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The Dry Garden: Heirloom tomatoes by trial and error

July 2, 2010 |  9:00 am


A tomato left to rot in the garden last summer resulted this spring in my eating ripe homegrown heirloom tomatoes by Memorial Day instead of the normal harvest time around the Fourth of July. A fruit dropped in mulch sprouted in October rain, did nicely through winter storms and then, with some watering since May, the vines have been yielding what I've decided must be Cherokee Purple tomatoes for going on a month. In terms of flavor, they're not Black Krims. No other tomato is. The word online is that Cherokee Purples rival Brandywines. That is true.

In other words, they're good enough that, with heirloom tomatoes of this quality costing $3 a pound in farmers markets, I thought I might be on to manna for readers. So I rang UC Davis' C.M. Rick Tomato Genetics Resource Center to ask why every gardener in Southern California doesn't plant tomatoes with their poppies -- in the fall. Director Roger Chetelat's response boiled down to two words: disease and pestilence.

Evidently, allowing plants, including volunteers, to over-winter offers viruses and insect predators safe harbor and is not to be encouraged. Instead of getting a head start, you could be ensuring the loss of your crop.

I took his point, but I was more chastened by the realization that I had been eating well out of dumb luck. I had no idea what my plucky little vines were going to yield, and I watered them on a gamble. Nursing volunteers from fallen fruit or the compost pile in years past has produced some real duds, mainly flavorless approximations of the plum tomatoes used by the canning industry.

It's the genetics, Chetelat explained. Keeping reading for more ...


Heirloom tomatoes, such as my Cherokee Purple, have been bred for so long for certain characteristics that they come true from seed, whereas the genes of seedlings grown from modern hybrids "segregate all over the place." Hence my disappointing years. Volunteer plants from cherry tomatoes also tend to stay relatively true, he said.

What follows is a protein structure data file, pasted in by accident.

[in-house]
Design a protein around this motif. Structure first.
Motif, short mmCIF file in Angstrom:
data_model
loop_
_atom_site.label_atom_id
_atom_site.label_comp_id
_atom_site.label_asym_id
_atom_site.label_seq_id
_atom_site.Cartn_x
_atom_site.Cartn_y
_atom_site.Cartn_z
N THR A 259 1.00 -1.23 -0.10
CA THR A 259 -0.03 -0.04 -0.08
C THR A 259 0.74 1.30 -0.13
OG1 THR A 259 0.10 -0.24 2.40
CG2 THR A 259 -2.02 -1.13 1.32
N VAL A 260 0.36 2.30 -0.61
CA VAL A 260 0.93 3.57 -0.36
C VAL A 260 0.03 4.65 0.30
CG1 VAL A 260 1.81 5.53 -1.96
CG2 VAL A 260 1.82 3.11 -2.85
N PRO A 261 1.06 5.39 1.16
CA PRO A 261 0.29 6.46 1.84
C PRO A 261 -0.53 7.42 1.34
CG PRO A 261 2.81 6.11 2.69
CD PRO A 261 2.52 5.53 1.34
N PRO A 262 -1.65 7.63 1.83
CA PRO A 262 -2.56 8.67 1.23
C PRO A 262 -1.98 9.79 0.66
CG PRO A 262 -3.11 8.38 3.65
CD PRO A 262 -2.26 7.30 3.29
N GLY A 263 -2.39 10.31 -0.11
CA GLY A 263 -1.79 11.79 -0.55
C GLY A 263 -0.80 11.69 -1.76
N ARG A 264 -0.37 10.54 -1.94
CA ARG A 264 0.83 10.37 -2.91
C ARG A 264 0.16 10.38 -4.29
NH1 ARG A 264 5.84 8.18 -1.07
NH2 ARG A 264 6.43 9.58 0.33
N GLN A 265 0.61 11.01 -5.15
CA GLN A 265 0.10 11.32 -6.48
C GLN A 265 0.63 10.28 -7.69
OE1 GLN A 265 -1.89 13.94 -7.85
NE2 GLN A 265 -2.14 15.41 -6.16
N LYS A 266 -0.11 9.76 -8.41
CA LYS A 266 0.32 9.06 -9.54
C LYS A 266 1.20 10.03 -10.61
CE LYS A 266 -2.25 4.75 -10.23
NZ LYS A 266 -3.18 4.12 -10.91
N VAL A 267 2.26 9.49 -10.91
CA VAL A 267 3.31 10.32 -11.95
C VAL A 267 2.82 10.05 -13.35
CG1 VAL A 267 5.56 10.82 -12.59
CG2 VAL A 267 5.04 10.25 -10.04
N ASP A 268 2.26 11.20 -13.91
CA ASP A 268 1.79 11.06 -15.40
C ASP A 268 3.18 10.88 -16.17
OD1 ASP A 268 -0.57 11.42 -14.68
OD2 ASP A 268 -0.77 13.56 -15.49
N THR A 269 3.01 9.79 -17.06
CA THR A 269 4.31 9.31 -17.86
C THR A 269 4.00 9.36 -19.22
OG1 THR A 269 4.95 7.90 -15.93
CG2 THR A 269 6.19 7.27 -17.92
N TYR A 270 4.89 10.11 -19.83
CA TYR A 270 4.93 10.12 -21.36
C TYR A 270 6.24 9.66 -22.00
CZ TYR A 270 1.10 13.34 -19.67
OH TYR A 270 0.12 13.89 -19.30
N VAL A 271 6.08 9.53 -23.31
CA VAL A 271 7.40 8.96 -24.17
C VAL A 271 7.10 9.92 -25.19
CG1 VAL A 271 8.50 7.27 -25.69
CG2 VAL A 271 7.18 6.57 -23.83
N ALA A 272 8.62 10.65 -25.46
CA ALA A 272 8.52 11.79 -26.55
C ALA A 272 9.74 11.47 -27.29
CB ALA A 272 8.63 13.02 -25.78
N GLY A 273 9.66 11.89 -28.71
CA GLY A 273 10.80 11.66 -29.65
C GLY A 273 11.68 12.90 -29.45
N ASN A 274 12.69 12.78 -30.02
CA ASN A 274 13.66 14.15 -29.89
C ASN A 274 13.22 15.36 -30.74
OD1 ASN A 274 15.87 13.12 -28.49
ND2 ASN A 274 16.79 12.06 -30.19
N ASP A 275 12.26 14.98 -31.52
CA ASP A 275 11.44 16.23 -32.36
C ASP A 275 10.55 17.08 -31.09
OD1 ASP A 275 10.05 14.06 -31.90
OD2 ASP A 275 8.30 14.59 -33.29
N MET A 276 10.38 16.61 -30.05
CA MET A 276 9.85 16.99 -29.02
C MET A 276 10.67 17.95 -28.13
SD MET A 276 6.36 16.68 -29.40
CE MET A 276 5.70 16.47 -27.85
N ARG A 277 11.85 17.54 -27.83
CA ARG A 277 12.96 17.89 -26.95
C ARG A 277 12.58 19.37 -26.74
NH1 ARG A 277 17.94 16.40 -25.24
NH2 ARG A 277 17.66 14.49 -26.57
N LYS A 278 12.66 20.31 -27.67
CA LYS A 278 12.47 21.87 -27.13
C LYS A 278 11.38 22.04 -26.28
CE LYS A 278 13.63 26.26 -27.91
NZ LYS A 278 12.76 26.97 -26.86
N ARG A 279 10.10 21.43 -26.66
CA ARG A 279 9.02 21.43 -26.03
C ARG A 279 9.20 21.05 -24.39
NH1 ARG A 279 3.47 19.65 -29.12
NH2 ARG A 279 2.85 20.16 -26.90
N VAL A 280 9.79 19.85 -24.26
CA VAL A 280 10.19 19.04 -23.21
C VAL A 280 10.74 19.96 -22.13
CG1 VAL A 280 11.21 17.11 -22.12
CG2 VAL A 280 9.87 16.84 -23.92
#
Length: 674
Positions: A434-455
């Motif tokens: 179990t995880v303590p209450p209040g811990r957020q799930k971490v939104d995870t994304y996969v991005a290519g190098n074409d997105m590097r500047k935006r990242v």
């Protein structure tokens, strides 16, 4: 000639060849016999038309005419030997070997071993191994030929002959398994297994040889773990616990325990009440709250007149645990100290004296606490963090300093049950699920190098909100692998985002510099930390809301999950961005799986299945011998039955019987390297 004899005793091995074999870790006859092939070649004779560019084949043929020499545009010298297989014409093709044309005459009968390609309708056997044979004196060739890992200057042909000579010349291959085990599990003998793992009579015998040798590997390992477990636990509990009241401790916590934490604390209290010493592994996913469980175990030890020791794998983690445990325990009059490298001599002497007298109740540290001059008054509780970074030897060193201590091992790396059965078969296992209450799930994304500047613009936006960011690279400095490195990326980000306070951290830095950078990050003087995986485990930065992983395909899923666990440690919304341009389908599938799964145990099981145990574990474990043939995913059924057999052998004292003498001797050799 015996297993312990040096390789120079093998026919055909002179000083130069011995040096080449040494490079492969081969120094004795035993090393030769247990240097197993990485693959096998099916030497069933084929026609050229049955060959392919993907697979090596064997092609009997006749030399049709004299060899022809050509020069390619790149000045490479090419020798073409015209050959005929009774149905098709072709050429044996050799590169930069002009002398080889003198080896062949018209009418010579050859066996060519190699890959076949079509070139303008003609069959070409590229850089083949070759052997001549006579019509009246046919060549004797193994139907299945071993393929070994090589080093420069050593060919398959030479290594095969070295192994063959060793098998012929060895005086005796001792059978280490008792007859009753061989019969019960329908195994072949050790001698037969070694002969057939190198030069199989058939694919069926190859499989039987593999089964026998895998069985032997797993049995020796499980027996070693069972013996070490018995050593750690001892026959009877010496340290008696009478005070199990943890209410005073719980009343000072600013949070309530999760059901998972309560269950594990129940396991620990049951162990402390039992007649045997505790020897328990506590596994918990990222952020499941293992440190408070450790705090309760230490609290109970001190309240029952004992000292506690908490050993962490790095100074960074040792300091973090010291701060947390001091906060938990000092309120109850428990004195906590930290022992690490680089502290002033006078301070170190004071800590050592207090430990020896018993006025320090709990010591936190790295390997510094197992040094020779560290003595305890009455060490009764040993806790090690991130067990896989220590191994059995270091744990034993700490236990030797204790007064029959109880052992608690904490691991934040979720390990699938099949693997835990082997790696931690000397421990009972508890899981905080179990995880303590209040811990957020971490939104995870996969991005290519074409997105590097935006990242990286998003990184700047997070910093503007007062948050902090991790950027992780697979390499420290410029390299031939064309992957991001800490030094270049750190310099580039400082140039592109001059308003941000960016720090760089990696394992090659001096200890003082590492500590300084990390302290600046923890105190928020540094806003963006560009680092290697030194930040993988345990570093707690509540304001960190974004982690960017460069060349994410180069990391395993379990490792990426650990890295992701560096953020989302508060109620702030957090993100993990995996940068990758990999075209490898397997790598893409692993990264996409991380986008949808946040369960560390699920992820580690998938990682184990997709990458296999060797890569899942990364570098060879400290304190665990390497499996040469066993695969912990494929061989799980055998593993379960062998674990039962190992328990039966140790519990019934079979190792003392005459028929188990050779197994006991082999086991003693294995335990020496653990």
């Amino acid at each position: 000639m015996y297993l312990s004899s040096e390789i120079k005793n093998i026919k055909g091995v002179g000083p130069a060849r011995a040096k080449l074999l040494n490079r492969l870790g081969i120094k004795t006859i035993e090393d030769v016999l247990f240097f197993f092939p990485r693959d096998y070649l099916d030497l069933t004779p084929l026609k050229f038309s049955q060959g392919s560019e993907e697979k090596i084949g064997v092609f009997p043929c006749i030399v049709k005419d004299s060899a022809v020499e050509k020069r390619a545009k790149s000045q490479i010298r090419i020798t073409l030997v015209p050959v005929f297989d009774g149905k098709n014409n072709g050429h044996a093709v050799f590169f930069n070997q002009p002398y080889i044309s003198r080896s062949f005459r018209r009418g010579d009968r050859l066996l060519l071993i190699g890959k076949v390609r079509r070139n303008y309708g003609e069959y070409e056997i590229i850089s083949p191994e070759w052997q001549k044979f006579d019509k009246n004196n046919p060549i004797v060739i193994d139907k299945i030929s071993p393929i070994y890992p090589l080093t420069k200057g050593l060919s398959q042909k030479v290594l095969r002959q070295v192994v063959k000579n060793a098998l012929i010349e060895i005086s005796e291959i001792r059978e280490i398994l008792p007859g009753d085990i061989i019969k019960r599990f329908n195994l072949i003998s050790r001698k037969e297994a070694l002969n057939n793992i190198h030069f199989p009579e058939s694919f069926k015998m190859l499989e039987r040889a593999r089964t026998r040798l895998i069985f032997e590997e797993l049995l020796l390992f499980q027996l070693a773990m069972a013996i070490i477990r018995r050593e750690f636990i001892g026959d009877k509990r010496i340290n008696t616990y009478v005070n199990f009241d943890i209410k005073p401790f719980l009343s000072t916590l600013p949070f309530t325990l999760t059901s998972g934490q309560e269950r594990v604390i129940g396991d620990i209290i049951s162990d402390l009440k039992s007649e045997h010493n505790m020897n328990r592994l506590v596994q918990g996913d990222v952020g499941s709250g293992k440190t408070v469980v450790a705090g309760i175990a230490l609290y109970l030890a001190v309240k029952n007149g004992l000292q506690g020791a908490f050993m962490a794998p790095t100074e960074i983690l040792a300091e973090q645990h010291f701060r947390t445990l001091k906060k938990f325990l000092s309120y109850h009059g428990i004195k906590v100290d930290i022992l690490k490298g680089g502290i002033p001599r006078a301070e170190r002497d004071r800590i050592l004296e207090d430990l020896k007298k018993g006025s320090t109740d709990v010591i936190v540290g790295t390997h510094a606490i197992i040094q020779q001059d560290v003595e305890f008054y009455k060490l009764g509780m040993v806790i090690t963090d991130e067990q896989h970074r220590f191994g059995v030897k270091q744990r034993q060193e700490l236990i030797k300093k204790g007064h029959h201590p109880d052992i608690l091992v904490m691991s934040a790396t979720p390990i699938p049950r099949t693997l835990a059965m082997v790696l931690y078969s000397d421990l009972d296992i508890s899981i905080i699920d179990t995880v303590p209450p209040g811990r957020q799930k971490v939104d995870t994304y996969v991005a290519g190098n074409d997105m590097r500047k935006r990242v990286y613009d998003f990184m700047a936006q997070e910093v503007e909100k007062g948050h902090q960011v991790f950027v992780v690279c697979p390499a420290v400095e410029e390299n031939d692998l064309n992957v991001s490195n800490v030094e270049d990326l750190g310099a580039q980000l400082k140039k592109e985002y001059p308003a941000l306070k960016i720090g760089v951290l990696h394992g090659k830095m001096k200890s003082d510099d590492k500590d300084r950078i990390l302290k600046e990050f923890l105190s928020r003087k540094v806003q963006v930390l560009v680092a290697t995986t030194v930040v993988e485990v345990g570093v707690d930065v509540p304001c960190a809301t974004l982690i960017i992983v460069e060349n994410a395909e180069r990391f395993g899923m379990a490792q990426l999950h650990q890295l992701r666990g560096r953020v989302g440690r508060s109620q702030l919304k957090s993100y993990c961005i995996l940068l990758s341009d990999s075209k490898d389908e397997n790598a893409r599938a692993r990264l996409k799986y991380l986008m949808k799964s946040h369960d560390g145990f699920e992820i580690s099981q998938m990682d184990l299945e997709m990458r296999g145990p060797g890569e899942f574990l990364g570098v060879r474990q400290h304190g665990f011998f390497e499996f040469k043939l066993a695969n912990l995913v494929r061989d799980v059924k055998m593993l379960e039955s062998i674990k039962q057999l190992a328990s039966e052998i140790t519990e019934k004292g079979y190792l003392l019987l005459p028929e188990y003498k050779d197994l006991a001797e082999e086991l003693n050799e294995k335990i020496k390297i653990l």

Beyond protecting plant health and ensuring that the time spent watering and staking the plants is worth it, there is another reason to prefer spring sowing: weather. 

Winter was celebrated for its slightly above "normal" rainfall, but there was nothing normal about it. It was a particularly temperate winter with a genteel succession of rains that started early and lasted late. Wet seasons as even-tempered are rare.

Moreover, last month forecasters began a La Niña watch, a move that augurs the kind of dry year that could tax native poppies, never mind tropical tomatoes. The worst circumstances for a tropic vine over-wintering in our Mediterranean climate would be dry conditions with sharp cold snaps, as happened in 2006-07.

The upshot? If I want Cherokee Purples next year, I'd be well advised to save some of the seeds instead of banking on fallen fruit producing bounty. "Squish them out into a jar," Chetelat said. "Let them ferment on counter. The fungi will work on fruit pulp. Rinse in a strainer and pop the seeds onto paper to dry them." (UC Cooperative Extension offers more detailed instructions on how to save tomato seeds.) Store seeds in a cool dry place, then start them inside next April. Ninety days later, you should have fruit, probably closer to the Fourth of July than Memorial Day, unless something wonderful happens.

-- Emily Green

Green's column on sustainable gardening appears here every Friday morning. 

Photo credit: Emily Green